guilty plea and an apology weren’t enough to keep a 63-year-old Atherton woman out of prison. A judge sentenced Margaret Brill to five years for a drunken driving rampage through downtown Menlo Park that left two people injured, according to the district attorney’s office. Police said Ms. Brill rammed a car while backing her green Mercedes out of a Santa Cruz Avenue parking lot, causing a chain reaction that led to two Photo courtesy of San Mateo County parked cars pinning a man Margaret Brill, 63, of Atherton, between them. Several bystand- was sentenced to five years in ers forced the cars apart to free state prison for driving under the him, according to police. The influence and injuring two people. man suffered a broken leg and kneecap. Without stopping, Ms. Brill Earlier this year Ms. Brill pulled out and careened down pleaded no contest to causing Santa Cruz Avenue, striking injury while driving under the two more vehicles, leaving one influence (DUI) and hit-andwoman with facial run with injury for cuts after the collithe December 2010 sion forced her car She is ordered incident. She admiton to the sidewalk. multiple prior to pay $85,000 ted Driving the wrong DUI convictions. restitution. way down the Margaret street, the Mercedes Brill’s husband finally stopped after reportedly told the leaping the center median into court during the Sept. 19 sena tree. Bystanders cornered the tencing hearing that his wife “is car and yanked the key out of not a bad person, but has a bad the ignition. Police said her disease.� blood alcohol level was 0.29 San Mateo County Superior percent. Court Judge Craig Parsons Two days later Atherton police ordered that she pay $85,000 to arrested Ms. Brill as she wan- those injured during the incident dered through a train station as well as various fees to Menlo parking lot, muddy and intoxi- Park and other agencies. She cated, carrying two bottles of received 59 days credit for time wine, according to the district served, having spent most of attorney’s office. those in a treatment program. A

Portola Valley cleanup day at Ford Field on Oct. 6 A Portola Valley household cleanup day — a day to responsibly dispose of items no longer wanted or needed — is set for Saturday morning, Oct. 6, at Ford Field at 3399 Alpine Road. This free service is available from 8 to 11 a.m. to residents only. To prove residence, bring the recent flier mailed to residences on this topic or a GreenWaste garbage bill. Items accepted include indoor and outdoor furniture, mattresses, rugs and carpets, electronic gear such as computers and monitors, pots and pans, scrap metal, bikes, and appliances such as washers, dryers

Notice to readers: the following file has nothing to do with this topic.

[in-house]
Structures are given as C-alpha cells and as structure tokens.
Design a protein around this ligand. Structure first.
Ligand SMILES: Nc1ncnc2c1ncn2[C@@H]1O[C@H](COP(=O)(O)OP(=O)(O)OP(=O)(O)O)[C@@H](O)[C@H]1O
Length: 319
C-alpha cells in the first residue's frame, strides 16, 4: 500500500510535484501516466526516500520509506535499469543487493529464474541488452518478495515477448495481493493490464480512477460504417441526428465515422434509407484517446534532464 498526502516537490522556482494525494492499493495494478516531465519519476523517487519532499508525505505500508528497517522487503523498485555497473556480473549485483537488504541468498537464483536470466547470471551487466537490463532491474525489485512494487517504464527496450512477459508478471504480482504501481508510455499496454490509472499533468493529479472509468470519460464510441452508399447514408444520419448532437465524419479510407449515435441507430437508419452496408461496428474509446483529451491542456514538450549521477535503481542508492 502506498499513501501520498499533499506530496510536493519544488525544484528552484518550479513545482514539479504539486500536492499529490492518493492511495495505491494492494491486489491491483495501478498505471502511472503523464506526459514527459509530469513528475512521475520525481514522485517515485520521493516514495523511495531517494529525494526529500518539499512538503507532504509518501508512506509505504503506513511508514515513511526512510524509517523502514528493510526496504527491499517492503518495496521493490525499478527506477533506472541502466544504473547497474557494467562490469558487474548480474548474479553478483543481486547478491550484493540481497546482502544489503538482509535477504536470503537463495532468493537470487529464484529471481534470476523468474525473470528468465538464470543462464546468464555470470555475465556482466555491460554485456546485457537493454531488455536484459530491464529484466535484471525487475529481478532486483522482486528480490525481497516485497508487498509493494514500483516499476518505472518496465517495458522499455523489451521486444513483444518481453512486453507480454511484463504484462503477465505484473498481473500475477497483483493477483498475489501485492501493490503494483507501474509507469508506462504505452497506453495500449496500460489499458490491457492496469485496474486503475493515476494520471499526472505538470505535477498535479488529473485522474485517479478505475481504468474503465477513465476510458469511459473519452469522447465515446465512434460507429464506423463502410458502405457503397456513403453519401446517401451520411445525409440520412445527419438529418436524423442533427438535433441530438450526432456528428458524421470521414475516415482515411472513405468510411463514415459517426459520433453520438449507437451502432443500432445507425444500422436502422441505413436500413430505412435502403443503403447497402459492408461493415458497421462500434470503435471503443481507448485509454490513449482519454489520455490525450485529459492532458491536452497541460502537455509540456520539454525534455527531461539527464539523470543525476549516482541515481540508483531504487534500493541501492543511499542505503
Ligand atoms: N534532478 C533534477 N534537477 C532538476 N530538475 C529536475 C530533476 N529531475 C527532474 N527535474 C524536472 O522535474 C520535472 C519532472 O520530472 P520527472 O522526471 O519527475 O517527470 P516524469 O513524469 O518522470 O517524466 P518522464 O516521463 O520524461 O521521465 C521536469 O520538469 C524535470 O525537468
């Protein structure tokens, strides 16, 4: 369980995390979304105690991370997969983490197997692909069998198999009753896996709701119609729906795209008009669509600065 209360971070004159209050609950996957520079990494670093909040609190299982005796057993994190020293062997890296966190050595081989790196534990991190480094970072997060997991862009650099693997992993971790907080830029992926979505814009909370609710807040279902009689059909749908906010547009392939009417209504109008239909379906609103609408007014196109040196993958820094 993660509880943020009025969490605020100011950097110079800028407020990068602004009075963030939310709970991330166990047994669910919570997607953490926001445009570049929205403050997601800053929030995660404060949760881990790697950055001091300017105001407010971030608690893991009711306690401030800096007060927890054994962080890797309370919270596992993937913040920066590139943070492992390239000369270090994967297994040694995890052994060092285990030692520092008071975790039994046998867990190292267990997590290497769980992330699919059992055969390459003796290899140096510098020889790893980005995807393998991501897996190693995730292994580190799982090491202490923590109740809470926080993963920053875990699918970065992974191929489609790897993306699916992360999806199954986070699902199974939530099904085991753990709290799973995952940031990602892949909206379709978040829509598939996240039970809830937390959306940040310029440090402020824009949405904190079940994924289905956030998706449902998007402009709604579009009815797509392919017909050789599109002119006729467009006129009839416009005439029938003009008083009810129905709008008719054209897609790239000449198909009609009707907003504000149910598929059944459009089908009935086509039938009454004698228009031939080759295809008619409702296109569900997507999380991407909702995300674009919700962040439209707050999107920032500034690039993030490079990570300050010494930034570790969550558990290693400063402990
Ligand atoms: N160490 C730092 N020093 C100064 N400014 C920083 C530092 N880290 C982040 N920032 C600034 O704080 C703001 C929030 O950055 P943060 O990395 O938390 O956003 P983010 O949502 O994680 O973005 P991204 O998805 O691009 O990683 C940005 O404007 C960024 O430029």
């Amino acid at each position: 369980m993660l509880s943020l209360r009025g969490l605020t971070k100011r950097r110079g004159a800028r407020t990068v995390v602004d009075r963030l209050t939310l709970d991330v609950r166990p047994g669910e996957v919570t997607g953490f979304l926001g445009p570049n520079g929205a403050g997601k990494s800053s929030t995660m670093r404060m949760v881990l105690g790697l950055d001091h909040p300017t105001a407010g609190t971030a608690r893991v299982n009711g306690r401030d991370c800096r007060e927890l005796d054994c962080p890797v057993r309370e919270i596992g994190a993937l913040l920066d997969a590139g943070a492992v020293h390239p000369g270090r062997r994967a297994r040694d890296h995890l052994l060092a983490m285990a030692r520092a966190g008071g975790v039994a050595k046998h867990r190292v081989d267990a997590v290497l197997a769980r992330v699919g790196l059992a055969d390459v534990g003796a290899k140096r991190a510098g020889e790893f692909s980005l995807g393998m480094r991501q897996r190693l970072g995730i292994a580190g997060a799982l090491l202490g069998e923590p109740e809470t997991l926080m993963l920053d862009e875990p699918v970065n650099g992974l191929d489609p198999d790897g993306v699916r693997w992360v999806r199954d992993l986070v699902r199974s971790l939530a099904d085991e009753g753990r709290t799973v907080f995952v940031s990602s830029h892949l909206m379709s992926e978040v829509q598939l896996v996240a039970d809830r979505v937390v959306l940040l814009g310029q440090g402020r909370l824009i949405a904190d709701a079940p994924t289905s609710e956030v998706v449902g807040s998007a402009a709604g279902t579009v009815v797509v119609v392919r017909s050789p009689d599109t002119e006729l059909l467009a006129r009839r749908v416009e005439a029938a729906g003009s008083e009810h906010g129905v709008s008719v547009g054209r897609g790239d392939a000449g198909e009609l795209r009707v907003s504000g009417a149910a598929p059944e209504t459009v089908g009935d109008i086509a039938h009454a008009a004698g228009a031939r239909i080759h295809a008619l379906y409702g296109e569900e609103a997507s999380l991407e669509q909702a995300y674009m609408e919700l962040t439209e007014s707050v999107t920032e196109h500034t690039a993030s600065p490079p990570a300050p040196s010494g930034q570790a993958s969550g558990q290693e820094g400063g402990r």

and toaster ovens. Items not welcome: hazardous materials, batteries, tires, liquids, large pieces of plate glass, appliances containing chlorofluorocarbons such as refrigerators and air conditioners, and large amounts of rock, dirt or concrete. Call Brandi de Garmeaux at 851-1700, ext. 222, for more information. The town recommends that residents consider donating reusable items rather than disposing of them. A household hazardous waste disposal event in Portola Valley is tentatively set for Oct. 13. Appointments are required.

R EAL E STATE Q&A

N E W S

In search of high-quality preschool for all

by Monica Corman

Fence Line Dispute

Longtime local teacher seeks venue for mixed-income program By Chris Kenrick Embarcadero Media

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ith a Stanford University education and decades of hands-on experience with kids, Carol Thomsen of Menlo Park is something of an expert on the education of toddlers. But in the years she spent nurturing the children of affluent families in top local preschools — and parenting her own — the thought kept nagging at her: “So many children are not getting that excellent start; it’s just a crime.” Armed with little more than her experience and a belief in the transformative power of high-quality preschool, Ms. Thomsen is now seeking a venue to launch a mixed-income preschool like no other. “Kelima” — meaning “all five” in Indonesia, where she once studied and taught — would start from birth and go to age 5, offering a full-day program along with a high dose of parent participation and education. “At no other time in a person’s life does the brain develop as rapidly as during the first years,” wrote David Kirp, author of “The Sandbox Investment,” a book Ms. Thomsen carries in her tote bag to share with anyone who will listen. Even as scholars have documented the lasting advantages of high-quality preschool, Ms. Thomsen — who taught for many years at Stanford’s Bing Nursery School and the Menlo Atherton Cooperative Nursery School — says she sees a growing “opportunity gap” for local babies. “I just see the socioeconomic divide in this community becoming greater and greater, not less and less,” she said. “The more I learn about that divide, the more I see that early childhood education is a great opportunity for parents to get together and see that children aren’t that different. “And the return on investment for early childhood education is just indisputable.” She rattles off the data: Lowincome kids with quality preschool experiences “went to prison less, committed few violent crimes, stayed married longer, got married, stayed in high school, went to college more frequently — everything on the average life matrix of success, and not becoming a ‘problem’ to society,” she said. As of 2009, California spent more than $47,000 per prison inmate per year, according to the state Legislative Analyst’s